Notable Accomplishments

Today Jorge Ramos’ Univision show reaches six times as many Hispanic homes as any English news station.

He has earned countless recognitions for his influence in the Latino community and in the world of journalism, including:
• 8 Emmys for excellence in journalism
• Maria Moors Cabot Award for excellence in journalism
• Ruben Salazar Award for positive portrayal of Latinos from the Council of La Raza
• Featured in Time magazine’s Top 25 Most Influential Hispanics in the US
• Featured in Newsweek’s list of Top 50 Political and Media Figures
• Named one of Top Ten Latino Leaders by Latino Leaders magazine
• Received Latino Book Award in 2006

Jorge Ramos Books

Of course, no Jorge Ramos biography would be complete without mention of his writing. In addition to his TV appearances, Ramos writes a weekly column that appears in over 40 newspapers in The New York Times Syndicate.

Ramos has also penned 10 books, many which explore a topic very close to his heart, namely immigration. These books include:

• The Latino Wave: How Hispanics Are Transforming Politics in America
• No Borders: A Journalist’s Search for Home
• Dying to Cross: The Worst Immigrant Tragedy in American History
• The Other Face of America: Chronicles of the Immigrants Shaping Our Future
• What I Saw
• Hunting the Lion
• Behind the Mask
• The Gift of Time: Letters from a Father
• A Country For all: An Immigrant Manifesto
• I’m Just Like My Dad/I’m Just Like My Mom (children’s book)

If you would like to learn more about Jorge Ramos, his autobiography, No Borders: A Journalist’s Search for Home, makes an excellent place to start.

Wanting to know more about other famous Hispanic people?  Visit my article Famous Hispanics here.

Zoe Saldana Biography

Best known for her role as a blue-skinned alien in Avatar, sexy Latina actress Zoe Saldana has been turning heads for years now. A look at a Zoe Saldana biography helps explain why this proud Latina woman is so comfortable—and successful—in her own skin.

Zoe Saldana Biography – Early Life

Zoe Saldana was born Zoe Yadira Saldaña Nazario in 1978 in Queens, New York to a Puerto Rican mother and a Dominican father. Her father died in a car crash when Zoe was 9. Zoe and her sisters grew up in Queens and in the Dominican Republic, so from an early age Zoe felt close to her roots.

Zoe Saldana studied ballet, jazz, and Latin dance in the Dominican Republic and performed in youth theatre groups in the US, which prepared her to land her first movie role in 2000.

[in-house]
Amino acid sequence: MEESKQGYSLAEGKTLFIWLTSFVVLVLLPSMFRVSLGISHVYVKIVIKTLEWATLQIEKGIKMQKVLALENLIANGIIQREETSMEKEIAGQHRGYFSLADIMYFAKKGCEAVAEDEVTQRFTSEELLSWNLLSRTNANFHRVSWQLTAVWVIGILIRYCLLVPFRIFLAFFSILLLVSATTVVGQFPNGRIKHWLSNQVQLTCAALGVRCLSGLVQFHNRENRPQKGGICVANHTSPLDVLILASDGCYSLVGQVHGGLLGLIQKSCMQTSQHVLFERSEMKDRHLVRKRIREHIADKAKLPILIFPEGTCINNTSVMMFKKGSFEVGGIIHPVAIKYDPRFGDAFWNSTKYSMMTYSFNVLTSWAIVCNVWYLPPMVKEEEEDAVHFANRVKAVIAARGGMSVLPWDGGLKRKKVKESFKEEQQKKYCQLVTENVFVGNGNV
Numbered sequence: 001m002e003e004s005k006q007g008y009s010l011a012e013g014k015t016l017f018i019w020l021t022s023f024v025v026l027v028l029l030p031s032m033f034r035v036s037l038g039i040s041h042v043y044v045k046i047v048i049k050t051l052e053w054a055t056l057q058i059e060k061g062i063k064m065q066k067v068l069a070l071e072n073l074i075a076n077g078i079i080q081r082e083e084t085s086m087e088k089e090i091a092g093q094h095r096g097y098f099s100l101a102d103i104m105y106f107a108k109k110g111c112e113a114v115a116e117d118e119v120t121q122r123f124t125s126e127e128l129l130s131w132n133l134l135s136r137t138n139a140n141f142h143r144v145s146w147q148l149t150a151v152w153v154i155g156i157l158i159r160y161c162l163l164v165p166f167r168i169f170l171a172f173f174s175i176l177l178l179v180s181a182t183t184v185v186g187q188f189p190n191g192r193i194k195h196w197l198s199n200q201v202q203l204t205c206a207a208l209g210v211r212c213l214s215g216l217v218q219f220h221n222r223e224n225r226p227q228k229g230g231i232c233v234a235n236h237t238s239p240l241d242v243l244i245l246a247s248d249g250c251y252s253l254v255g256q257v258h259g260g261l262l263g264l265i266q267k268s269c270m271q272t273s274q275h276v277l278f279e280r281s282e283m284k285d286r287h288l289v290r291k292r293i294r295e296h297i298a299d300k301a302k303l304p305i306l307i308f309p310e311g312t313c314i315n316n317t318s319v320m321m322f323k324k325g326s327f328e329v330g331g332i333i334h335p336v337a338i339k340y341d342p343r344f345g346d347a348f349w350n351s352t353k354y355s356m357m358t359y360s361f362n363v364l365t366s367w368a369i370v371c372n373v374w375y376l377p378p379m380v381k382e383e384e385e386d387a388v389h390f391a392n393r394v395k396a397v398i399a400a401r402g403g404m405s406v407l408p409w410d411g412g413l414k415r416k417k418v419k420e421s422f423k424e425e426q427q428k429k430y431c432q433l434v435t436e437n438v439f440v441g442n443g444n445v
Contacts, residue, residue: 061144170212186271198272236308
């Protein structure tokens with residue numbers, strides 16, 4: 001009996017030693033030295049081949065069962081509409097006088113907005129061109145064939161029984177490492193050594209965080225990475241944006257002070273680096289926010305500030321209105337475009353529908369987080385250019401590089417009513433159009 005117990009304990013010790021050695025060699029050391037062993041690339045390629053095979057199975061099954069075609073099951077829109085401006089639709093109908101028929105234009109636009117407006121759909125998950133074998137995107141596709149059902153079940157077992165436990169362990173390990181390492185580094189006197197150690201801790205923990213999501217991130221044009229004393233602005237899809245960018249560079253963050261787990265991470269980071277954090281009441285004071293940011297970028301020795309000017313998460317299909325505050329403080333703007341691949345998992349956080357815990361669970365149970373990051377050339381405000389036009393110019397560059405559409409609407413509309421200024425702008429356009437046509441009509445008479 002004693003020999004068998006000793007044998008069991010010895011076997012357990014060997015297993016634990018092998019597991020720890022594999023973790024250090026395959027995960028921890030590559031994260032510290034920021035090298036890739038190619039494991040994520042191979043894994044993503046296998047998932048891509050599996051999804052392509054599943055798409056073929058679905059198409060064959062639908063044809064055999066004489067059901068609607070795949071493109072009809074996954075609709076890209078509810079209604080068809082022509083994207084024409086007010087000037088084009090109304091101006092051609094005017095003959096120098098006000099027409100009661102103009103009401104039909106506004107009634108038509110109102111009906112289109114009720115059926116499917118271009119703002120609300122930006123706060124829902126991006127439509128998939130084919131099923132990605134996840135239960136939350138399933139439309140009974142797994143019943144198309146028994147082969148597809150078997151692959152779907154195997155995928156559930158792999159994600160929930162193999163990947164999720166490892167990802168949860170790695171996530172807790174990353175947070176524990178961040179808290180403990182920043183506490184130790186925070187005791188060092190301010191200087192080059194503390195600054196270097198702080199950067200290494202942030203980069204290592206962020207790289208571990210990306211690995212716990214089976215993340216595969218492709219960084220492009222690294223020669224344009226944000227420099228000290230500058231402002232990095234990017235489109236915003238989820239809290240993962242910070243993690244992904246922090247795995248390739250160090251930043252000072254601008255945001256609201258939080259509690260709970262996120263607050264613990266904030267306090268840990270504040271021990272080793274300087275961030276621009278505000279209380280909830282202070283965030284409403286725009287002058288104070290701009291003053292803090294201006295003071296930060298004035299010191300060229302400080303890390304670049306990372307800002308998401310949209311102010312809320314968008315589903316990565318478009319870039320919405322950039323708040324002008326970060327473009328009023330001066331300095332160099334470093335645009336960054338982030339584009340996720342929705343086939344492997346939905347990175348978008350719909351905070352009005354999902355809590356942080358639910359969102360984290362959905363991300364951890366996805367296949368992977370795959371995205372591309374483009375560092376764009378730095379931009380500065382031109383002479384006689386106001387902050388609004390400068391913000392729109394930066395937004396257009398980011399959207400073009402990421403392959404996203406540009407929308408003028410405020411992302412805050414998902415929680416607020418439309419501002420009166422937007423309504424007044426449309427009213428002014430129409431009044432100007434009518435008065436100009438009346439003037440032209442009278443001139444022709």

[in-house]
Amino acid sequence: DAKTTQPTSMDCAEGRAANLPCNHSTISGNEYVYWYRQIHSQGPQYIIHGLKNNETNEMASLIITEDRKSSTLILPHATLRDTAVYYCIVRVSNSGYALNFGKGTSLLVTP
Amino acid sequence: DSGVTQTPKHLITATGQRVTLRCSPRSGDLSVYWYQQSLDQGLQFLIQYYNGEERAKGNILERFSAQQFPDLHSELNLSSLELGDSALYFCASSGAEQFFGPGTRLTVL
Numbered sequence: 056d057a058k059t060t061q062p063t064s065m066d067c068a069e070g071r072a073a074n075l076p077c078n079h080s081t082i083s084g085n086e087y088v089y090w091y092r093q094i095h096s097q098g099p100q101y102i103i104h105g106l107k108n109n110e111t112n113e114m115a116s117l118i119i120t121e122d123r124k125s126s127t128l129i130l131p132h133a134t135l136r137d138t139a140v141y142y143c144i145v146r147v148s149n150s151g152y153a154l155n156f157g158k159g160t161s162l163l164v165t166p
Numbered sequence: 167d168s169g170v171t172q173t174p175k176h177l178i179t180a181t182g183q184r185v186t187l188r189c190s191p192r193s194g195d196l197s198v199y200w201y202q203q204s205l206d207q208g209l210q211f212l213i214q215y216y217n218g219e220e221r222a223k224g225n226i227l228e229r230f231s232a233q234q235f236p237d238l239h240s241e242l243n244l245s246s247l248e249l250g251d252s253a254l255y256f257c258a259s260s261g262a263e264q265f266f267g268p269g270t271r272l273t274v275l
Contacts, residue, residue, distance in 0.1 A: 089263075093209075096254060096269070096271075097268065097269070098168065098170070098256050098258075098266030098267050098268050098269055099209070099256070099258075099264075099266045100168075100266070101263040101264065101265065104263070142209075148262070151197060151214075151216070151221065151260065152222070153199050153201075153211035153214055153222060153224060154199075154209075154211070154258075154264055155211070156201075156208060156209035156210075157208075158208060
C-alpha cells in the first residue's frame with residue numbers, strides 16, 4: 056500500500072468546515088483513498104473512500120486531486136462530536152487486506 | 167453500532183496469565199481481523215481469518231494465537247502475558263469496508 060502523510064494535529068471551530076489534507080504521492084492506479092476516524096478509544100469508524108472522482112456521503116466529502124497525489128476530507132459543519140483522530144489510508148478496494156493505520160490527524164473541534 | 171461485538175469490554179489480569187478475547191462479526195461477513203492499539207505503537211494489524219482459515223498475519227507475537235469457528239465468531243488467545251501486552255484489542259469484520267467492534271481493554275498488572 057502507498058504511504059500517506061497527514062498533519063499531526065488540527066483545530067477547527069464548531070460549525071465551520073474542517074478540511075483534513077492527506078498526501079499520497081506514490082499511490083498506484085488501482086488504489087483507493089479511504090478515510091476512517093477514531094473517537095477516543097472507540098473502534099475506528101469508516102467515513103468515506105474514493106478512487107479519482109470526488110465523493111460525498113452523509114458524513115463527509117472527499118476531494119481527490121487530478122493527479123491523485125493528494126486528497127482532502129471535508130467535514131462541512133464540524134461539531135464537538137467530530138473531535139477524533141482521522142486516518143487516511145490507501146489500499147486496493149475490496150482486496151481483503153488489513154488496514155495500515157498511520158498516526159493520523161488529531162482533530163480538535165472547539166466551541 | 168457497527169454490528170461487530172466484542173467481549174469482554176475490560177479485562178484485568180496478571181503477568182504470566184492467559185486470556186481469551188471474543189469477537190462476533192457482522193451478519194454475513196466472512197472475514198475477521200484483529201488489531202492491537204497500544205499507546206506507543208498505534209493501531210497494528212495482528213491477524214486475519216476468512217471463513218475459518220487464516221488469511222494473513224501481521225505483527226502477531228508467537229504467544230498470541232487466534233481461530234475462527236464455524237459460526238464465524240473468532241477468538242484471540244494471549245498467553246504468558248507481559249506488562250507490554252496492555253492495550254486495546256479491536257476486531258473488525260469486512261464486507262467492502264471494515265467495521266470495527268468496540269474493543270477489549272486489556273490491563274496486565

Career

Zoe Saldana biography

Zoe Saldana Star Trek

Any Zoe Saldana biography would have to mention her big-screen debut in the move Center Stage. In this film, Zoe played a ballet dancer and allowed her natural dance talent to shine through.

After Center Stage’s release in 2000, Zoe Saldana appeared in several other movies, most notably in 2003’s Pirates of the Caribbean: The Curse of the Black Pearl, where she again played a very strong female character.

Zoe Saldana really catapulted into the public eye when she starred in James Cameron’s Avatar in 2009. As a self-professed sci fi fan, Saldana jumped at the chance to participate in this groundbreaking film set on an alien planet that looks a lot like the cloud forest in Costa Rica.

If you look for Zoe Saldana in Avatar you won’t see the face you expect—this movie was entirely digital. Saldana provided the movements that were used to animate the character of Neytiri, as well as the voice of this alluring alien princess.

The very same year, Saldana also appeared in another major sci fi blockbuster, Star Trek. She played Uhura, and this role really cemented her position in popular culture. Zoe Saldana started appearing in tons of magazine spreads and indulging her passion for fashion on the red carpet. She soon reprised the role of Uhura in the sequel Star Trek Into Darkness.

Though in these films Saldana looked very glamorous with careful makeup, other Zoe Saldana movies show the actress in a more natural state.

Out of the Furnace in particular showed that Saldana can pull off a real life, girl next door look with very little makeup.

Zoe Saldana On Her Roots

Though still quite a young woman herself, Zoe Saldana has accomplished a great deal and already serves as a great role model for young Latinas.

In an interview with Latina magazine, Saldana discussed her Latina roots and heritage. Zoe’s mother inspired her by refusing to label or categorize her as Hispanic or black or even as a “mujer de color.” Whenever young Zoe would ask about her heritage, her mother would just say, “You’re Zoe. You’re my daughter.”

Today Zoe continues to feel very connected to her roots, including an obsession with her hair. She told InStyle magazine that hair is very important in her culture, and she has always been happy with the skin and hair she has. Zoe Saldana’s hair is very versatile and she looks fabulous no matter what she does with it.

Her stylists reveal that Saldana loves to participate in creating her looks for various red carpet events, and the star is so bold that she’d even start cutting her hair herself if an instinct told her to.

We’ll just have to wait and see how the rest of Zoe Saldana’s career plays out, and how the strong sense of self instilled in her by her Puerto Rican mom guides her along the way.